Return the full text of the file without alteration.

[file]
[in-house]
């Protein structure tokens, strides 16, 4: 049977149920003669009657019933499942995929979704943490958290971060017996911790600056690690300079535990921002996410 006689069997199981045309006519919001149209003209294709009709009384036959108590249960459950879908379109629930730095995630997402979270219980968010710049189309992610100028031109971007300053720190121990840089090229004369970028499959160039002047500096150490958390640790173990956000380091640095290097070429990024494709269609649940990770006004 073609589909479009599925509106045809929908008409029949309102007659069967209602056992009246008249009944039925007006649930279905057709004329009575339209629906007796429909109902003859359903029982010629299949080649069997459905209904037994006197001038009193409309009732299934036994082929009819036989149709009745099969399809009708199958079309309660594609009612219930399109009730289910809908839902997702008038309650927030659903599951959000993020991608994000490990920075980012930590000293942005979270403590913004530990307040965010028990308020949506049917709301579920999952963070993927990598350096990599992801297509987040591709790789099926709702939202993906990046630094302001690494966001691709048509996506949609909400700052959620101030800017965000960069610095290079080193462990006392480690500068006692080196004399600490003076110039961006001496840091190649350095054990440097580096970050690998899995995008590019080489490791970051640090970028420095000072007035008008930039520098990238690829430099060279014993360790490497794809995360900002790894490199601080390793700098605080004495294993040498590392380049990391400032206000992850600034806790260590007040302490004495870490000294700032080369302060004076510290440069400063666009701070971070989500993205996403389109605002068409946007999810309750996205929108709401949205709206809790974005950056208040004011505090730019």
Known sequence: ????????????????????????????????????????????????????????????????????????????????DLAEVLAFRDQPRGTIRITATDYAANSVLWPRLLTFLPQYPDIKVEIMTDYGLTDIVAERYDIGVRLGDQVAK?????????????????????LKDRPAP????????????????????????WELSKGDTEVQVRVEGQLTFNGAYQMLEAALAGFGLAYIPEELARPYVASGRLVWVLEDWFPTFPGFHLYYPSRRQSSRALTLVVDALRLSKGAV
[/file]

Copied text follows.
[in-house]
């Protein structure tokens, strides 16, 4: 049977149920003669009657019933499942995929979704943490958290971060017996911790600056690690300079535990921002996410 006689069997199981045309006519919001149209003209294709009709009384036959108590249960459950879908379109629930730095995630997402979270219980968010710049189309992610100028031109971007300053720190121990840089090229004369970028499959160039002047500096150490958390640790173990956000380091640095290097070429990024494709269609649940990770006004 073609589909479009599925509106045809929908008409029949309102007659069967209602056992009246008249009944039925007006649930279905057709004329009575339209629906007796429909109902003859359903029982010629299949080649069997459905209904037994006197001038009193409309009732299934036994082929009819036989149709009745099969399809009708199958079309309660594609009612219930399109009730289910809908839902997702008038309650927030659903599951959000993020991608994000490990920075980012930590000293942005979270403590913004530990307040965010028990308020949506049917709301579920999952963070993927990598350096990599992801297509987040591709790789099926709702939202993906990046630094302001690494966001691709048509996506949609909400700052959620101030800017965000960069610095290079080193462990006392480690500068006692080196004399600490003076110039961006001496840091190649350095054990440097580096970050690998899995995008590019080489490791970051640090970028420095000072007035008008930039520098990238690829430099060279014993360790490497794809995360900002790894490199601080390793700098605080004495294993040498590392380049990391400032206000992850600034806790260590007040302490004495870490000294700032080369302060004076510290440069400063666009701070971070989500993205996403389109605002068409946007999810309750996205929108709401949205709206809790974005950056208040004011505090730019």
Known sequence: ????????????????????????????????????????????????????????????????????????????????DLAEVLAFRDQPRGTIRITATDYAANSVLWPRLLTFLPQYPDIKVEIMTDYGLTDIVAERYDIGVRLGDQVAK?????????????????????LKDRPAP????????????????????????WELSKGDTEVQVRVEGQLTFNGAYQMLEAALAGFGLAYIPEELARPYVASGRLVWVLEDWFPTFPGFHLYYPSRRQSSRALTLVVDALRLSKGAV